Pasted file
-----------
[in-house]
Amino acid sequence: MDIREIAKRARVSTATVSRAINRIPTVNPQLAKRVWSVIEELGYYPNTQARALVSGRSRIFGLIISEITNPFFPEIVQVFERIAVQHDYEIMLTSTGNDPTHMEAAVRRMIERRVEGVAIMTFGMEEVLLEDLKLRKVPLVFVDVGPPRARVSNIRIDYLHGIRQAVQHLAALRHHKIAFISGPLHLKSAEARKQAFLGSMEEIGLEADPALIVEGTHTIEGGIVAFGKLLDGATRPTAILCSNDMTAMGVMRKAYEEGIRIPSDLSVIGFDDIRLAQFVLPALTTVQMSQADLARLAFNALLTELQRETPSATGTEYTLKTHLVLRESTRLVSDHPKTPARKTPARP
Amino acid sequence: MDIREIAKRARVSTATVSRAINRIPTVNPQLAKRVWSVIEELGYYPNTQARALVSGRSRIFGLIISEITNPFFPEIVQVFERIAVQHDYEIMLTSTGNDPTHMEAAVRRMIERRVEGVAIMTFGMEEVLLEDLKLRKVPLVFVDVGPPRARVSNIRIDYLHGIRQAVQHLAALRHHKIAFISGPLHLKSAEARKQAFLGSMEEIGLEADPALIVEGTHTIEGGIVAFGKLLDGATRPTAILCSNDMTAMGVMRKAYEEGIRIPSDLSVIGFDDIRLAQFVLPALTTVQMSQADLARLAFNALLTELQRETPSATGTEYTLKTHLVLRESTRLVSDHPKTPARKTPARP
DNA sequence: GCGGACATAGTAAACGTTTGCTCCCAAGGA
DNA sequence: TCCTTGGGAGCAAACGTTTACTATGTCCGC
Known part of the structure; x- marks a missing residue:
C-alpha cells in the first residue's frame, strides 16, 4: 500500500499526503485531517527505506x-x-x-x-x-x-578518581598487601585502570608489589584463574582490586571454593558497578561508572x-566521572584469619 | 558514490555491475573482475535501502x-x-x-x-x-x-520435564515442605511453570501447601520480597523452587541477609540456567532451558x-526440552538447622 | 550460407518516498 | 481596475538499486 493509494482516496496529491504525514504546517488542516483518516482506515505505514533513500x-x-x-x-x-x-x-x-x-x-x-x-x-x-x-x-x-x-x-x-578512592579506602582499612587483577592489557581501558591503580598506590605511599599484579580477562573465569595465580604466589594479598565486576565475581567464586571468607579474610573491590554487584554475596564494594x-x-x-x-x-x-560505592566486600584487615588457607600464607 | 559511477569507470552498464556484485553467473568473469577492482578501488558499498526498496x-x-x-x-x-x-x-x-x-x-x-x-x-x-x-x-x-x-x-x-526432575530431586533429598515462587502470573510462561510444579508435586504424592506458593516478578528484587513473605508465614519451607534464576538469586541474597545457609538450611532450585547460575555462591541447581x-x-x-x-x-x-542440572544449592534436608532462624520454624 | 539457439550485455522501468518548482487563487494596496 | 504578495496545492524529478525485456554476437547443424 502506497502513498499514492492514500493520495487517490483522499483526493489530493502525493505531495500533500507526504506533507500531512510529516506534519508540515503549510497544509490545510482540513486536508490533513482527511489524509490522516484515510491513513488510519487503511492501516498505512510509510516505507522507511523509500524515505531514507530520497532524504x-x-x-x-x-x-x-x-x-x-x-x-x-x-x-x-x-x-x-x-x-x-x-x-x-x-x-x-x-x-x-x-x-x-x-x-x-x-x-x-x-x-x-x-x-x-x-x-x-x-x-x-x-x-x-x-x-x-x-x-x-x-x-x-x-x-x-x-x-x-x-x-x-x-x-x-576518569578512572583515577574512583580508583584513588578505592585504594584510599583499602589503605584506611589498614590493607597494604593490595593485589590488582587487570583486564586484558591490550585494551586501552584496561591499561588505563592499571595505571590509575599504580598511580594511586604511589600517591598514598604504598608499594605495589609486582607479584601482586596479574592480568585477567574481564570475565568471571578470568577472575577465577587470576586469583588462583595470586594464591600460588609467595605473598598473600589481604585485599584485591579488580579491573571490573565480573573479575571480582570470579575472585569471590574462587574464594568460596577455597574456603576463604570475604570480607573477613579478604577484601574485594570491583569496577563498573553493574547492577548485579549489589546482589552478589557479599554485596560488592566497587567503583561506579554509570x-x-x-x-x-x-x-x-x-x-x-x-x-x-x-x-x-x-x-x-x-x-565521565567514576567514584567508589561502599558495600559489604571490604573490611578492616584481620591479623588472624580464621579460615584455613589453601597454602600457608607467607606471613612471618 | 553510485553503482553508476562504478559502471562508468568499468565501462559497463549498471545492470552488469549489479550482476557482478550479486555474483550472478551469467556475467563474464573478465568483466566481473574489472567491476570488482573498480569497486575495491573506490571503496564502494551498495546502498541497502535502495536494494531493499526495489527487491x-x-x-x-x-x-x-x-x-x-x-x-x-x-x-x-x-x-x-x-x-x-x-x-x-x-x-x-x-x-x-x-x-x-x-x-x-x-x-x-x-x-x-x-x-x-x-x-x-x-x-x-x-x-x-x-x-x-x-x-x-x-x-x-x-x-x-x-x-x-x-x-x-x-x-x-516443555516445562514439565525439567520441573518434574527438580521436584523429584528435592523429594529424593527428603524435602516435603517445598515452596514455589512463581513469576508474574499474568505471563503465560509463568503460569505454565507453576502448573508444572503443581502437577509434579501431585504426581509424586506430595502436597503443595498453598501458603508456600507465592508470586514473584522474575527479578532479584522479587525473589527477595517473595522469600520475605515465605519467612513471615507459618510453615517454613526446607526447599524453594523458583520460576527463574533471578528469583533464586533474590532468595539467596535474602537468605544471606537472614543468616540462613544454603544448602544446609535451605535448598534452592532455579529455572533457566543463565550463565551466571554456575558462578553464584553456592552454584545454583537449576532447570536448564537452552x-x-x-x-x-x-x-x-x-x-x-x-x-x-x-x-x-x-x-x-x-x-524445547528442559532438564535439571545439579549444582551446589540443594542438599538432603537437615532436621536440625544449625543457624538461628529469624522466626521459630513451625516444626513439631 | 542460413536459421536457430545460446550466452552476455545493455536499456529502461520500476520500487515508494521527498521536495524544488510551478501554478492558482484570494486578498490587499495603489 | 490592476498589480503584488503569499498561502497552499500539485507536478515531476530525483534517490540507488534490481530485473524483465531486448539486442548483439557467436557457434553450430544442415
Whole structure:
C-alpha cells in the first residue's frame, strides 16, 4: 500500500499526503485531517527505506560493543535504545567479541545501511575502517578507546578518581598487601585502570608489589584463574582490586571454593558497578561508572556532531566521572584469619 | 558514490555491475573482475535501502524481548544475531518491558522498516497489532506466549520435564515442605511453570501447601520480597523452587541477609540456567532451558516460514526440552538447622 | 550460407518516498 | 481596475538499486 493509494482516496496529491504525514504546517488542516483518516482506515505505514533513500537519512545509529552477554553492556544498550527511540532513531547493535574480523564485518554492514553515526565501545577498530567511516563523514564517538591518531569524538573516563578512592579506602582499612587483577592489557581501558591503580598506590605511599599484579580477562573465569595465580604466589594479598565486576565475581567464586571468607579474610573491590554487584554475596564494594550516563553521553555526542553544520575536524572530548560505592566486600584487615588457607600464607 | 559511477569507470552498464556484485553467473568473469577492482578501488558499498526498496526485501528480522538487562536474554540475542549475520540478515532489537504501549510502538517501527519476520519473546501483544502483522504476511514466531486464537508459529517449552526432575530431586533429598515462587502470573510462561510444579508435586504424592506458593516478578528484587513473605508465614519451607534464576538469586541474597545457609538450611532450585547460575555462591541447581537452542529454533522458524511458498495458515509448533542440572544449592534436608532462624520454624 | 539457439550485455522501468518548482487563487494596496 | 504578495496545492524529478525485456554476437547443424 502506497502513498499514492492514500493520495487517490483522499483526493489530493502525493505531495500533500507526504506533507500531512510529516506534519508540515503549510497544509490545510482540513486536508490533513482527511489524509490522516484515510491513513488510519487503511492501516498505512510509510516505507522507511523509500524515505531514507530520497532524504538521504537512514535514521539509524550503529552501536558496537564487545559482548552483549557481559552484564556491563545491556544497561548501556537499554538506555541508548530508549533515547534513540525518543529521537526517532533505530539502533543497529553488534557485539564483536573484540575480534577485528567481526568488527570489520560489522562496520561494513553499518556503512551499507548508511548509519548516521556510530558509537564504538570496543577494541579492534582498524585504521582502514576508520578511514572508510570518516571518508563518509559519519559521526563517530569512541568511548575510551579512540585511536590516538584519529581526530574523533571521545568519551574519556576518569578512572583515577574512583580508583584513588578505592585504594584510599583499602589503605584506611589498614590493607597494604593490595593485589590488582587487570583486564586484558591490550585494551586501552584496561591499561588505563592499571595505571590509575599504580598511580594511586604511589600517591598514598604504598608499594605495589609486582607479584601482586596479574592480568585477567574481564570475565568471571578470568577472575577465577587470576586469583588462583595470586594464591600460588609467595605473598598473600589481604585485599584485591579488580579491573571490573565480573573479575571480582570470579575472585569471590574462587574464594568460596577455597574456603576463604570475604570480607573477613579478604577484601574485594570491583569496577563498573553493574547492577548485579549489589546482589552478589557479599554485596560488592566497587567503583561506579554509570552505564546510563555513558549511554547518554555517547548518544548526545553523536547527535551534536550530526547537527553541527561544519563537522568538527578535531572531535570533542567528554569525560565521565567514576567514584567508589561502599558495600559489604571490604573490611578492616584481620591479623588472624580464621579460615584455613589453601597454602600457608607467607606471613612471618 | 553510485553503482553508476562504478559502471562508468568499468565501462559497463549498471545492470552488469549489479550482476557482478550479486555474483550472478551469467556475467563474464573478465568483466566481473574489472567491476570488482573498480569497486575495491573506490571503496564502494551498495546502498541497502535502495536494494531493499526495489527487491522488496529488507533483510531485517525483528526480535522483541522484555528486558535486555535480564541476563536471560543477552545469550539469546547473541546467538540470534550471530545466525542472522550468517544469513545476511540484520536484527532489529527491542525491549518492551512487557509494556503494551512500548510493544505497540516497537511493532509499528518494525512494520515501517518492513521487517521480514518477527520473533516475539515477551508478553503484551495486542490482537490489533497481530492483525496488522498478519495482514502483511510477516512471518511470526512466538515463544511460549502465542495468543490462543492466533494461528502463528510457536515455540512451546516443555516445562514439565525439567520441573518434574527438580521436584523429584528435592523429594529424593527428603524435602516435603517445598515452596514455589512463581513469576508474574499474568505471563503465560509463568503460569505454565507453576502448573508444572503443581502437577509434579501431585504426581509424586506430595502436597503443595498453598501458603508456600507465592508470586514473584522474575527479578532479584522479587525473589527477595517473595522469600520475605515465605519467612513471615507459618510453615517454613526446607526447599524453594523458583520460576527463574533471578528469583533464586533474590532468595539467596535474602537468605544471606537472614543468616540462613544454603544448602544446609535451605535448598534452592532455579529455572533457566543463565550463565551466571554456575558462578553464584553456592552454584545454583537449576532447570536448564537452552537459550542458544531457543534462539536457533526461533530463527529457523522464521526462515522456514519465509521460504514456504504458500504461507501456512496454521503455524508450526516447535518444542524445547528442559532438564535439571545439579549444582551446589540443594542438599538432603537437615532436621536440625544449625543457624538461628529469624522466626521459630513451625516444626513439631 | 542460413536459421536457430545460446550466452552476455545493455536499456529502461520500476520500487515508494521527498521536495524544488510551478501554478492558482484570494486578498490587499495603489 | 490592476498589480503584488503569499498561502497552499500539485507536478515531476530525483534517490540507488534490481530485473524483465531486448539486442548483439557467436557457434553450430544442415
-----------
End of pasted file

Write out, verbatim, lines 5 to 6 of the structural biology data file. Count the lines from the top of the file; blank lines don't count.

DNA sequence: TCCTTGGGAGCAAACGTTTACTATGTCCGC
Known part of the structure; x- marks a missing residue: